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Author Topic: First HF Radio?  (Read 6095 times)
KJ6MSG
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Posts: 59




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« Reply #15 on: July 21, 2012, 10:20:32 AM »

W8JX,

I was more comparing it to the AF DSP of the 857/897.
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73,
KJ6MSG
@kj6msg
KE5DFK
Member

Posts: 28




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« Reply #16 on: July 21, 2012, 10:32:17 AM »

Staying in the price range of what your looking for.
Icom 730, 735,
Kenwood TS 130, 440 or something like that

G5RV antenna or windom you can also make a double bazooka dipole for next to nothing.  Hustler 4 band vertical antenna.

20A power supply of your choice.

Depending on antenna you could be on the air for less than $400

My first HF was an Icom 730 ($300), Astron 20A ($50), 20m double bazooka dipole ($5), coax ($25)
So as you can see to GET ON THE AIR does not take a grand.  Keep It Simple

Carlos
KE5DFK
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W8JX
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Posts: 5492




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« Reply #17 on: July 21, 2012, 02:30:19 PM »

W8JX,

I was more comparing it to the AF DSP of the 857/897.

I know but given a choice between a mature analog IF rig with AF DSP and a entry level IF DSP you will get more bang for buck with former not later.
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KJ6MSG
Member

Posts: 59




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« Reply #18 on: July 21, 2012, 07:14:49 PM »

Gotcha, I see what you're saying.
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73,
KJ6MSG
@kj6msg
N3DF
Member

Posts: 251




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« Reply #19 on: July 22, 2012, 11:59:56 AM »

Most new hams put up a couple of low dipoles, or just throw a wire out the window and tie it to a nearby tree.  Don't need much in the way of an HF radio to gain cw and sub experience rag chewing and working WAS. 
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Neil N3DF
W4FID
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Posts: 126




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« Reply #20 on: July 29, 2012, 06:43:56 AM »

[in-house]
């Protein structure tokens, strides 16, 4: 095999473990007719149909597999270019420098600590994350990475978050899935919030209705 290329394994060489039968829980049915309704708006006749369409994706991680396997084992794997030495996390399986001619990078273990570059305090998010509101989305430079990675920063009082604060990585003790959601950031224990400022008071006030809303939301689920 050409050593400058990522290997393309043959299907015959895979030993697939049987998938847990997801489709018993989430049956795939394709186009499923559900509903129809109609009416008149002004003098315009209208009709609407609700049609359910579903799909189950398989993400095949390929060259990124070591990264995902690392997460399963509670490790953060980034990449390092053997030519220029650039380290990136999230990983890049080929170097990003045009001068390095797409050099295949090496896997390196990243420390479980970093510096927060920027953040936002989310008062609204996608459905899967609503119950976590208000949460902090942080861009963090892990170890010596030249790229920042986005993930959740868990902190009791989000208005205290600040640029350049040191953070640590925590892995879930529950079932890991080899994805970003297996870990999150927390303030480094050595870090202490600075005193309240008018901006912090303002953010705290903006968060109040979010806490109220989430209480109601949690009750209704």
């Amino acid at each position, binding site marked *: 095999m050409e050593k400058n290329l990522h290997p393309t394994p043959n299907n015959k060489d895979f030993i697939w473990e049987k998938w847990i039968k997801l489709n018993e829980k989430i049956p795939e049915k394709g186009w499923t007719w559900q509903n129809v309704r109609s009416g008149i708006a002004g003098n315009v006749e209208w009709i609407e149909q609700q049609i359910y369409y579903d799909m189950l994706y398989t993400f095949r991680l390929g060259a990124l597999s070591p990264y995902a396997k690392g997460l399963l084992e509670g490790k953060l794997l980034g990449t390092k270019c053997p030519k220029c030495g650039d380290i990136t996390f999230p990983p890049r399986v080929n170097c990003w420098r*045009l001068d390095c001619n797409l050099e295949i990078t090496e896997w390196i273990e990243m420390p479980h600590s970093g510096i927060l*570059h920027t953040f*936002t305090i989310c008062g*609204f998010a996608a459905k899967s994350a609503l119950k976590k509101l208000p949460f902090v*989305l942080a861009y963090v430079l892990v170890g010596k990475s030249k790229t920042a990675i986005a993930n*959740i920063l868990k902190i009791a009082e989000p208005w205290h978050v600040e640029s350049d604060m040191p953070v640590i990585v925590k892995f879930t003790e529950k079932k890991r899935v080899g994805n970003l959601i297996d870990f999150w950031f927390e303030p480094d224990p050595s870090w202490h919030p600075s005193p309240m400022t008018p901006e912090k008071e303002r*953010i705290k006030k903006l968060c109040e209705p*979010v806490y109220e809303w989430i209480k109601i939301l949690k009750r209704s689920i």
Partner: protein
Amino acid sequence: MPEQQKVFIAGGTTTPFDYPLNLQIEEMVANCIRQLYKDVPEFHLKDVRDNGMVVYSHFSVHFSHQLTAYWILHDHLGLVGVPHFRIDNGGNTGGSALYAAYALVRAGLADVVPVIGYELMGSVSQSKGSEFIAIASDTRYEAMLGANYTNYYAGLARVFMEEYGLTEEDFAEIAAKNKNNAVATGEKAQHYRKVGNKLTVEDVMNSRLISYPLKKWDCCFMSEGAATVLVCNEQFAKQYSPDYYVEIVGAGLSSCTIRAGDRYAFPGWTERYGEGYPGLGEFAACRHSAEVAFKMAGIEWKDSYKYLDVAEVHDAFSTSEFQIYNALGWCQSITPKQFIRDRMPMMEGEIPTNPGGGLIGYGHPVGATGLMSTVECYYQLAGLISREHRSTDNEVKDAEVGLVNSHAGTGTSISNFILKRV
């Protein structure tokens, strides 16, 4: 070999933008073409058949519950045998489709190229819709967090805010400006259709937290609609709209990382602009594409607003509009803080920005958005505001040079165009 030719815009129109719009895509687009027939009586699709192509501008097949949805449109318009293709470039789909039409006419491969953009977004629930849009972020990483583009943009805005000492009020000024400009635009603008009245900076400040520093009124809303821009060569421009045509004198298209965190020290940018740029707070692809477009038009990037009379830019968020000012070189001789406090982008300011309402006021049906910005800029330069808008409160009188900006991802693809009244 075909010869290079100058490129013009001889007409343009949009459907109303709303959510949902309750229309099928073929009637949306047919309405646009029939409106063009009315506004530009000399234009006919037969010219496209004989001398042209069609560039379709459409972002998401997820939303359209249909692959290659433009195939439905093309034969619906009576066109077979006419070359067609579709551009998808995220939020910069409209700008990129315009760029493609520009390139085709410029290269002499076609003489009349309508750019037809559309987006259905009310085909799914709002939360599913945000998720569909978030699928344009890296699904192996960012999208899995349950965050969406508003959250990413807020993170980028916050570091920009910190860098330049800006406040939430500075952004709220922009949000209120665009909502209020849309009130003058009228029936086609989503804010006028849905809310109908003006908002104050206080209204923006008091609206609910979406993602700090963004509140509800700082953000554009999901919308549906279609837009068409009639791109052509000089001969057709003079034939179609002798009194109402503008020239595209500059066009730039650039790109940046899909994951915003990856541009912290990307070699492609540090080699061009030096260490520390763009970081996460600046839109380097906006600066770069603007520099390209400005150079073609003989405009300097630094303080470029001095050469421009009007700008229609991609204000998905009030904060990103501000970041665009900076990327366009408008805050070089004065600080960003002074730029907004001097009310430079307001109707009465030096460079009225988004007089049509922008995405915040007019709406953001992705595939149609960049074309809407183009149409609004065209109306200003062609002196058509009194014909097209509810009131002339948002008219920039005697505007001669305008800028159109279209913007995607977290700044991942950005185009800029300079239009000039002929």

WELCOME ABOARD!

#1 -- get help. You're going to be looking at used in that price and it's buyer beware at fests and even on line. So get experienced help to "godfather" your purchase.

#2 -- enjoy what you can do. Minimal rigs and modest antennas are just as much fun as huge expensive stations. Only difference is you may not be the first one DX hears and you may get stepped on in QRM. So what? Enjoy the QSOs you have and learn/grow. Take a loo at my bio and see what I did at age 14 with a 2 day a week paper route; for example.

#3 -- your CW idea is a good one. CW is easier to work more with less.

#4 -- maybe not QRP at first. It's lots of fun and it's true you can work the world. Many QRP rigs are low cost. But without some experience and a decent antenna you'll have some frustrations. Better to have more QSOs and then get into the fun of QRP. The challenges are part of the fun for QRPers but part of the frustration for newer guys.

I suggest at $300 look for a 70s or 80s vintage solid state rig. TenTec 540 and 544 called the Triton were 5 band very good basic CW and SSB rigs. TenTec Onmi C and D series were also great. Physically large -- not for mobile/portable -- but were good rigs, had some filters, and were easy to learn/use. Kenwood TS-120 and 130 were also good and many live on and are enjoyed still. Icom 720 and 730 may be had for your $$ and are also great.

If need by find an old car battery and use it till you get a few more $$ and then get a power supply. Even a 100 watt rig will run a few hours and then you can use a cheap battery charger to recharge it over night. However, BE CAREFUL as batteries have acid and give off hydrogen gas. If you do it this way get experienced help to teach/sow you what to do and not do so you're safe. DO NOT TRY TO RUN THE RIG WHILE A CHEAP CHARGER IS CONNECTED. The reason power supplies cost what they cost and are called supplies is they differ from chargers.